Can pranks be regulated and still fun?

*this senior’s opinion was written before the 2023 prank*


Is it still a prank if it’s regulated? Many argue that no, a major aspect of executing a prank is mastering the element of surprise. While most senior classes do choose to execute the prank on their last day at the highschool, the actual prank itself carries the surprise, and has always been a mystery to both students and staff, so there is some element of surprise left (even if Mr. Canfield knows the details)! 

Following the destructive nature of ‘22’s senior prank, the administration set rules for this year’s senior class. All prank plans were to be reported to and approved by the ‘23 grade dean, with a list of who will be carrying out each prank. Seniors have been made aware that those who do something not previously reported will not walk at graduation. Many seniors believe it is unfortunate that the previous prank made the administration feel as though they had to regulate this year’s class, as they believe it will damper some spirit of fun and surprise. The senior class had a grade meeting the week before their final week of school where Canfield explained the administration’s reasoning for regulating the prank, emphasizing to students that they hope “[the prank] would be something that everyone can appreciate, and that it’s clever and funny and at the end of the day people remember it. Theres class culture and school culture around these things. Obviously my hope for this class and what I think this class deserves is a lot of admiration and good feeling. Its no small feat for student leaders to help a group execute on a goal its a leadership question.”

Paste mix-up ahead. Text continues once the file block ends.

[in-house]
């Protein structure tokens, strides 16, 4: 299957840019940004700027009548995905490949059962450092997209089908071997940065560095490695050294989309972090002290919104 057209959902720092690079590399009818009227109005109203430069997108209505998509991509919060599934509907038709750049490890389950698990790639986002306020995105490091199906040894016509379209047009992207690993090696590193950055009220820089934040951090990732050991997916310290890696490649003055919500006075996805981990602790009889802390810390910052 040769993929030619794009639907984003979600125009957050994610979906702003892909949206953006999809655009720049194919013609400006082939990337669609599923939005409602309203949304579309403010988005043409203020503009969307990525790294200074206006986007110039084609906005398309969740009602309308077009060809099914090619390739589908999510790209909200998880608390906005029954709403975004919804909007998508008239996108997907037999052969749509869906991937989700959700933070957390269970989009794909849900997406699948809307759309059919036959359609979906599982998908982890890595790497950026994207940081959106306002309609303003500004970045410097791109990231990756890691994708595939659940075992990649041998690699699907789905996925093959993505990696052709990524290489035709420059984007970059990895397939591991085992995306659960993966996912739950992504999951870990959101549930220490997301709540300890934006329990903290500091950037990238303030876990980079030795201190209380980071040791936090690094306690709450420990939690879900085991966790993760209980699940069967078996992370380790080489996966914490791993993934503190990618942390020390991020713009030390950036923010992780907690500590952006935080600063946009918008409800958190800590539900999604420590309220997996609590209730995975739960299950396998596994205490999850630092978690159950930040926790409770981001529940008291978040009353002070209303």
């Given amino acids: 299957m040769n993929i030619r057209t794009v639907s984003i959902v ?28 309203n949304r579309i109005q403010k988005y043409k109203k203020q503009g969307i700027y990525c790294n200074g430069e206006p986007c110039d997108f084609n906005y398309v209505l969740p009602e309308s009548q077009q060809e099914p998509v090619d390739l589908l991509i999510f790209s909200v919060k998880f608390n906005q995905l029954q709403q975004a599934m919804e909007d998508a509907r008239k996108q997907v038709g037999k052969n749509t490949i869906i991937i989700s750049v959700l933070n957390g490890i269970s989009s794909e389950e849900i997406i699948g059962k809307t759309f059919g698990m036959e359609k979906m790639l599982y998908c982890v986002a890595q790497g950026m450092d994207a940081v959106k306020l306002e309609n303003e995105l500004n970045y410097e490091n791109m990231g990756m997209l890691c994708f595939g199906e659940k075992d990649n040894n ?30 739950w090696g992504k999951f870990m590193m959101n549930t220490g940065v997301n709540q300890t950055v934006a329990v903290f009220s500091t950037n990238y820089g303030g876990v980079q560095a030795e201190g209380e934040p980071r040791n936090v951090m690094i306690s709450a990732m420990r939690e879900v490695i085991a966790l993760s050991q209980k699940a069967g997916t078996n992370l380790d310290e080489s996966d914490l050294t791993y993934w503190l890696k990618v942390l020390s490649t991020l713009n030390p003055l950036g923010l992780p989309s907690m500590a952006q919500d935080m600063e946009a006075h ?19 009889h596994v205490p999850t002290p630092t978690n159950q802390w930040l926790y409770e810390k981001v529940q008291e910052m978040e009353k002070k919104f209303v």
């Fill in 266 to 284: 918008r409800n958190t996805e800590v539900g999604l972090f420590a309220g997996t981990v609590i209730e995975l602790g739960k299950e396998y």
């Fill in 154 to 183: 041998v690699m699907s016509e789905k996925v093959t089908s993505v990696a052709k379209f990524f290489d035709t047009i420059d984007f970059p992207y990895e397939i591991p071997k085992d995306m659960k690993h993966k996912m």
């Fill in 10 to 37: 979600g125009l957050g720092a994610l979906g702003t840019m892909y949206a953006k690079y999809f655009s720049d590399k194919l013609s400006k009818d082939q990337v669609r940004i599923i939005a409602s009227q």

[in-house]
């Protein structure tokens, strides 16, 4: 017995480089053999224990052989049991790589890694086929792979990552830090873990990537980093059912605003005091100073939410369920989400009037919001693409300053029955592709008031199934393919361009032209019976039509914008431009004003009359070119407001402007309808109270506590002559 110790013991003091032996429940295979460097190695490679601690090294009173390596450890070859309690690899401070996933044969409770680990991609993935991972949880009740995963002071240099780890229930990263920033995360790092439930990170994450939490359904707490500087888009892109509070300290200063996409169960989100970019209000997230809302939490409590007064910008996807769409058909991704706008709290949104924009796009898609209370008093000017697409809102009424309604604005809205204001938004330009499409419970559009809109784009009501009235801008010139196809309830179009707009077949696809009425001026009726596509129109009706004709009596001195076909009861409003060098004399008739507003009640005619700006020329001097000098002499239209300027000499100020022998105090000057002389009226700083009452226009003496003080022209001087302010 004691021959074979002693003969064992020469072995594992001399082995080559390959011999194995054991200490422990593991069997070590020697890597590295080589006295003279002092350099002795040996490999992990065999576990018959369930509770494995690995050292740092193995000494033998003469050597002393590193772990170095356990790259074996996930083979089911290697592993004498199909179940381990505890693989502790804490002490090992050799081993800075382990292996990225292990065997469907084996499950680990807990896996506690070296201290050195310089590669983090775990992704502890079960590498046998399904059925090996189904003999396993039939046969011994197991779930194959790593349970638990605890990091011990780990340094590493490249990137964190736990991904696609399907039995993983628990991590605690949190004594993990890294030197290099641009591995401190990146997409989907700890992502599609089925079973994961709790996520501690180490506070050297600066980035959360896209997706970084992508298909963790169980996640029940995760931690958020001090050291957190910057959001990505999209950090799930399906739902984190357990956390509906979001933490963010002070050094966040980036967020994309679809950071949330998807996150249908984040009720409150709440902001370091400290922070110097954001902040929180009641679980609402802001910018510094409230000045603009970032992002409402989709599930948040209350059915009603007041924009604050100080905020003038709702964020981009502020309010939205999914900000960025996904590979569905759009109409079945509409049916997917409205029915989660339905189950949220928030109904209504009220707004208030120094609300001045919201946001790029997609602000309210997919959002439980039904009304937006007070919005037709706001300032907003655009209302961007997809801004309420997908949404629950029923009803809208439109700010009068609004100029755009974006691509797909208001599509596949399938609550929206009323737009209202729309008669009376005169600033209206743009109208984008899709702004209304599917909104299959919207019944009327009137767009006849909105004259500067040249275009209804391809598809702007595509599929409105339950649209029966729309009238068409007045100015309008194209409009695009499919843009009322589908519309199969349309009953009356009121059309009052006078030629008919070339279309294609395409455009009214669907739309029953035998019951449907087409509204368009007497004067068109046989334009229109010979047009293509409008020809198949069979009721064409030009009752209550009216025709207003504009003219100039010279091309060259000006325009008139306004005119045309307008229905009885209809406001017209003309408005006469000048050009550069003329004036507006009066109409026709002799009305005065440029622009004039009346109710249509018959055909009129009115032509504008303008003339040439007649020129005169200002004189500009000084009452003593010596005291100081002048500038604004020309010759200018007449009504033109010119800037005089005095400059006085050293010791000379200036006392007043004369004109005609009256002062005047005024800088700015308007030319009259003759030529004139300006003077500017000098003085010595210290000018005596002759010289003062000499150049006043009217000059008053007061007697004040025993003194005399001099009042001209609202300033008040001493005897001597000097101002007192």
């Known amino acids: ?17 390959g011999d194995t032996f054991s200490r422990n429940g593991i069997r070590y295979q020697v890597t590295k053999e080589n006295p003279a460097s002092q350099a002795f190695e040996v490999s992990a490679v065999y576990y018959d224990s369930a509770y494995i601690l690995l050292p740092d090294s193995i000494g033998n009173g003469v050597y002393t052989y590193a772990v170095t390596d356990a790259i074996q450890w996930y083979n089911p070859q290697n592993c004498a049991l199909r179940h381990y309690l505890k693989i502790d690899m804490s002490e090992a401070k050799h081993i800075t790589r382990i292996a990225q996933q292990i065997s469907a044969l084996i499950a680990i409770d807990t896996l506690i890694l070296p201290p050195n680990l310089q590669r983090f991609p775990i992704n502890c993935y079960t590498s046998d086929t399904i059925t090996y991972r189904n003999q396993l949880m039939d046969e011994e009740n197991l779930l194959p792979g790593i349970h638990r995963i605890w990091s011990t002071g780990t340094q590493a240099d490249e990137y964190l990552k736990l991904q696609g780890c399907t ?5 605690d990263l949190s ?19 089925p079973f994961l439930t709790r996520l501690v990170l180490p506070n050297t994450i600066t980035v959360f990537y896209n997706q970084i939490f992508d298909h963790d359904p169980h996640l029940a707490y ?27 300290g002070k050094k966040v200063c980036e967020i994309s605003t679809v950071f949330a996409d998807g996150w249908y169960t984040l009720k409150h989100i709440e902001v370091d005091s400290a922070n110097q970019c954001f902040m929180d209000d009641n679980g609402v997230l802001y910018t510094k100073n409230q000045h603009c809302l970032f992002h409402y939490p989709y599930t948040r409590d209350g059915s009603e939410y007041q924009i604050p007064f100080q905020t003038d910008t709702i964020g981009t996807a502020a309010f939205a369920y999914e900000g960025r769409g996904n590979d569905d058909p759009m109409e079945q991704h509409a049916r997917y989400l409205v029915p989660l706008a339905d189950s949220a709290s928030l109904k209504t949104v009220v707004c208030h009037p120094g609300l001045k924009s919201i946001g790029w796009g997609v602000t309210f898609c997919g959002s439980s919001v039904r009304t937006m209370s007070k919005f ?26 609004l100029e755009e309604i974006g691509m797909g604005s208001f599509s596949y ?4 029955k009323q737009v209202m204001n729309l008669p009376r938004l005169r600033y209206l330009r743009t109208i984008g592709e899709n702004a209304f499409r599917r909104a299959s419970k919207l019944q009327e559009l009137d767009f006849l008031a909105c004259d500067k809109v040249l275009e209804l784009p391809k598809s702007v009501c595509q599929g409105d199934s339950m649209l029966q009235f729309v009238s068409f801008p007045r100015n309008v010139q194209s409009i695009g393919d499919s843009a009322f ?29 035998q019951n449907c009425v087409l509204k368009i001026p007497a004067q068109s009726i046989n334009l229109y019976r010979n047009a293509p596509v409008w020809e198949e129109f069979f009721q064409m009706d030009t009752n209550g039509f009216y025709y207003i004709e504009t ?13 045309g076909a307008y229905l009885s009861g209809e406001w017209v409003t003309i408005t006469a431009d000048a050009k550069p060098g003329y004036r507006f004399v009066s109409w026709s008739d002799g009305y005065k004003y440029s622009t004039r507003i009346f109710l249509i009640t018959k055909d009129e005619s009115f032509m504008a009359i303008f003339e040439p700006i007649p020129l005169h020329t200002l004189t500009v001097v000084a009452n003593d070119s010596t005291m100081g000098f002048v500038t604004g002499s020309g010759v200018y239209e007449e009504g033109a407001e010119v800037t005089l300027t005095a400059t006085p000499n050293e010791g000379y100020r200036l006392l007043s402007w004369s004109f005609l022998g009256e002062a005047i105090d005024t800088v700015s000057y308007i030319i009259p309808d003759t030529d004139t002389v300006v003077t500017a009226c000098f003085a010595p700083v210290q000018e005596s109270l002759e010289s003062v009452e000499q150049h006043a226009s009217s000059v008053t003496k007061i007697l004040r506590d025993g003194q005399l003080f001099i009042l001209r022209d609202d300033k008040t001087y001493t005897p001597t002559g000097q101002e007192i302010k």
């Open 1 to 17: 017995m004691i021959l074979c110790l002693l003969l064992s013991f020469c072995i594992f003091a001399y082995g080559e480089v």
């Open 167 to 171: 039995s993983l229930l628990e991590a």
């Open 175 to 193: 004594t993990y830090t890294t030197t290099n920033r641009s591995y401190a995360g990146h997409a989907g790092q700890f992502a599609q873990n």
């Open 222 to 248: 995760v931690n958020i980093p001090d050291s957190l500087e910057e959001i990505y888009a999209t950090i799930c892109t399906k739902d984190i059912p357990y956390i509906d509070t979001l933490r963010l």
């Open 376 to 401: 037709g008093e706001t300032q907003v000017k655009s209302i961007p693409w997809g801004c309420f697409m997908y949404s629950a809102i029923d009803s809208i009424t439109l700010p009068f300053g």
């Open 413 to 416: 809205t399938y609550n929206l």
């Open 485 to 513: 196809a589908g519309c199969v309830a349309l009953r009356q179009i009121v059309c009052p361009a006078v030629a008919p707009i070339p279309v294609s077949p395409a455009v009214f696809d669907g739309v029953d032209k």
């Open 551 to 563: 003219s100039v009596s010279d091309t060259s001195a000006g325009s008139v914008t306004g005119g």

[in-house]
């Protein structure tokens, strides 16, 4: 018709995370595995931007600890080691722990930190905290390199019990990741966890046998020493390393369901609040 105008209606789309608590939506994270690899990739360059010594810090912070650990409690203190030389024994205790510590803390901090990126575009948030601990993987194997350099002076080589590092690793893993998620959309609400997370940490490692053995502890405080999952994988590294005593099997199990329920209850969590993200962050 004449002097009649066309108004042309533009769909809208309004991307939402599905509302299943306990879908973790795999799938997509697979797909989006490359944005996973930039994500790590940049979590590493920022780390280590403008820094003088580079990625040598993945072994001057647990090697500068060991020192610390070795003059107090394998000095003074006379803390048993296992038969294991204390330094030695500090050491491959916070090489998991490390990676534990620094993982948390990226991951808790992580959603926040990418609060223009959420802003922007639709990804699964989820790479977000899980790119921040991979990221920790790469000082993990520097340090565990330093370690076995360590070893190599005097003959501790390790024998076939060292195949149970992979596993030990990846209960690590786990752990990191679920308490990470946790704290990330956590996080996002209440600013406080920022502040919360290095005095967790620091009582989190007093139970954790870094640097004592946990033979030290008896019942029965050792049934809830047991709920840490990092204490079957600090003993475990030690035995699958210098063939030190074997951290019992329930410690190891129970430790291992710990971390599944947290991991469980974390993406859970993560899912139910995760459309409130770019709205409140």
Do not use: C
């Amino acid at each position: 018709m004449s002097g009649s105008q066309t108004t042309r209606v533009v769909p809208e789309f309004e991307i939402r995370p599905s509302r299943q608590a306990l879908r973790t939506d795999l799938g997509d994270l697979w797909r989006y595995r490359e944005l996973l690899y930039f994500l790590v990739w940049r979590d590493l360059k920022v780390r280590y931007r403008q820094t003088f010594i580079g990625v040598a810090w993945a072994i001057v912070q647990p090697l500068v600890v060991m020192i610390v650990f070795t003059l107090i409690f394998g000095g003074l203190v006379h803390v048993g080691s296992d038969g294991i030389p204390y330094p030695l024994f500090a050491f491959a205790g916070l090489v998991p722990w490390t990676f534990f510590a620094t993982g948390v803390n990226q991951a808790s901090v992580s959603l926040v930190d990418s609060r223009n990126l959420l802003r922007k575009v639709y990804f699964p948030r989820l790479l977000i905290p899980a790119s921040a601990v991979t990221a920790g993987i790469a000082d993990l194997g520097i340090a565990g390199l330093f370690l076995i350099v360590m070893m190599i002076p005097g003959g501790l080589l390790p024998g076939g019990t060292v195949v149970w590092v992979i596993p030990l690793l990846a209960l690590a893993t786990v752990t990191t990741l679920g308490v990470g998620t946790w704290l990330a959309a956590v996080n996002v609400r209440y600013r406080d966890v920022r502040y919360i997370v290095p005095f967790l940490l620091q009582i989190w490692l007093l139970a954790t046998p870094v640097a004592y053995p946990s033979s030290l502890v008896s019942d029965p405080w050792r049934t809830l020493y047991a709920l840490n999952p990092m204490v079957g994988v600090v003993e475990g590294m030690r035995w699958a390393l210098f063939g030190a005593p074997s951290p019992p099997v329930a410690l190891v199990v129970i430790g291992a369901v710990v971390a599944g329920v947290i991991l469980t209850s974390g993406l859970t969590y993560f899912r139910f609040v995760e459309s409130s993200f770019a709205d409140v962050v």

Only time will tell what this year’s “prank” will be, hopefully it is both fun for the senior class, funny, surprising, and creates minor inconvenience, but avoids any major destruction of property. 

A culture change surrounding the prank is clearly necessary, last year wasn’t a prank, it was just destructive. So while it’s not ideal to have rules, it makes sense to plan ahead to make the most of the senior class’s last day.